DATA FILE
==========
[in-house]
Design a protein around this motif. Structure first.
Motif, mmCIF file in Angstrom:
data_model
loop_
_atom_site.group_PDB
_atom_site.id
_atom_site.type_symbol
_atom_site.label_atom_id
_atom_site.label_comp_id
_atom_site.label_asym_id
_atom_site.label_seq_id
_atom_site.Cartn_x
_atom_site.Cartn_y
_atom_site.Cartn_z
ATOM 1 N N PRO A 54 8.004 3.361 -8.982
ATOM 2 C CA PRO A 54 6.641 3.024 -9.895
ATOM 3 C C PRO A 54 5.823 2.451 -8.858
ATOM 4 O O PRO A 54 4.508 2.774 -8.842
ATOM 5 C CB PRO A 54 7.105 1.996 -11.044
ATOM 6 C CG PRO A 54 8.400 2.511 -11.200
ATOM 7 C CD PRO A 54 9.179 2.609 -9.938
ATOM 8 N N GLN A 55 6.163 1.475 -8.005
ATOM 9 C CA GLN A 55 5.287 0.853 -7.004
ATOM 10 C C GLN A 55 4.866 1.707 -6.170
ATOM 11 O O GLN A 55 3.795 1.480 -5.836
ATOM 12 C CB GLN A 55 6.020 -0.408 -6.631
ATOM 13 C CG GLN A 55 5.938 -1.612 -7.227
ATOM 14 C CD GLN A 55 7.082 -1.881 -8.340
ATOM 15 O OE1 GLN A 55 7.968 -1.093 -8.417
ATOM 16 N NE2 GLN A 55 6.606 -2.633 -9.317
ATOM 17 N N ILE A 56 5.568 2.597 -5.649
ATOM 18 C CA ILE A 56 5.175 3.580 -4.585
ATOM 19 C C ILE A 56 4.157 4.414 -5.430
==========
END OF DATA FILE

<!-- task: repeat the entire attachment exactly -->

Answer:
[in-house]
Design a protein around this motif. Structure first.
Motif, mmCIF file in Angstrom:
data_model
loop_
_atom_site.group_PDB
_atom_site.id
_atom_site.type_symbol
_atom_site.label_atom_id
_atom_site.label_comp_id
_atom_site.label_asym_id
_atom_site.label_seq_id
_atom_site.Cartn_x
_atom_site.Cartn_y
_atom_site.Cartn_z
ATOM 1 N N PRO A 54 8.004 3.361 -8.982
ATOM 2 C CA PRO A 54 6.641 3.024 -9.895
ATOM 3 C C PRO A 54 5.823 2.451 -8.858
ATOM 4 O O PRO A 54 4.508 2.774 -8.842
ATOM 5 C CB PRO A 54 7.105 1.996 -11.044
ATOM 6 C CG PRO A 54 8.400 2.511 -11.200
ATOM 7 C CD PRO A 54 9.179 2.609 -9.938
ATOM 8 N N GLN A 55 6.163 1.475 -8.005
ATOM 9 C CA GLN A 55 5.287 0.853 -7.004
ATOM 10 C C GLN A 55 4.866 1.707 -6.170
ATOM 11 O O GLN A 55 3.795 1.480 -5.836
ATOM 12 C CB GLN A 55 6.020 -0.408 -6.631
ATOM 13 C CG GLN A 55 5.938 -1.612 -7.227
ATOM 14 C CD GLN A 55 7.082 -1.881 -8.340
ATOM 15 O OE1 GLN A 55 7.968 -1.093 -8.417
ATOM 16 N NE2 GLN A 55 6.606 -2.633 -9.317
ATOM 17 N N ILE A 56 5.568 2.597 -5.649
ATOM 18 C CA ILE A 56 5.175 3.580 -4.585
ATOM 19 C C ILE A 56 4.157 4.414 -5.430